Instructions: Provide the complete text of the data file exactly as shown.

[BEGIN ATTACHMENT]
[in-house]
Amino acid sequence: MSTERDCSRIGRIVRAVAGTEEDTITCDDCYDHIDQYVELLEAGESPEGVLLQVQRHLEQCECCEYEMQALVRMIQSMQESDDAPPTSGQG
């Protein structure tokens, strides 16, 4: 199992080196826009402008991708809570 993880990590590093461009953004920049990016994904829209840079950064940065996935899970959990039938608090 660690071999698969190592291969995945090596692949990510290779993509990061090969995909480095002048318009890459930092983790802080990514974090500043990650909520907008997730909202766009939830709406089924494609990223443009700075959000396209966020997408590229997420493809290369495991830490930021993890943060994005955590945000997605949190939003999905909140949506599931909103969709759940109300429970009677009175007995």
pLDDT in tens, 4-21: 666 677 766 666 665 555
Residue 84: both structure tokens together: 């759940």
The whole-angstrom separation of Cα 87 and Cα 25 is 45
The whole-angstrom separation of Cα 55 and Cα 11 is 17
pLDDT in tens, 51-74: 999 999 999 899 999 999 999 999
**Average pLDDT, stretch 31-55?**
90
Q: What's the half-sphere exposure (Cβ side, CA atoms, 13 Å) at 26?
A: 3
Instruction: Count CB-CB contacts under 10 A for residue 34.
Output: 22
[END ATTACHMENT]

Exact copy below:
[in-house]
Amino acid sequence: MSTERDCSRIGRIVRAVAGTEEDTITCDDCYDHIDQYVELLEAGESPEGVLLQVQRHLEQCECCEYEMQALVRMIQSMQESDDAPPTSGQG
């Protein structure tokens, strides 16, 4: 199992080196826009402008991708809570 993880990590590093461009953004920049990016994904829209840079950064940065996935899970959990039938608090 660690071999698969190592291969995945090596692949990510290779993509990061090969995909480095002048318009890459930092983790802080990514974090500043990650909520907008997730909202766009939830709406089924494609990223443009700075959000396209966020997408590229997420493809290369495991830490930021993890943060994005955590945000997605949190939003999905909140949506599931909103969709759940109300429970009677009175007995």
pLDDT in tens, 4-21: 666 677 766 666 665 555
Residue 84: both structure tokens together: 């759940």
The whole-angstrom separation of Cα 87 and Cα 25 is 45
The whole-angstrom separation of Cα 55 and Cα 11 is 17
pLDDT in tens, 51-74: 999 999 999 899 999 999 999 999
**Average pLDDT, stretch 31-55?**
90
Q: What's the half-sphere exposure (Cβ side, CA atoms, 13 Å) at 26?
A: 3
Instruction: Count CB-CB contacts under 10 A for residue 34.
Output: 22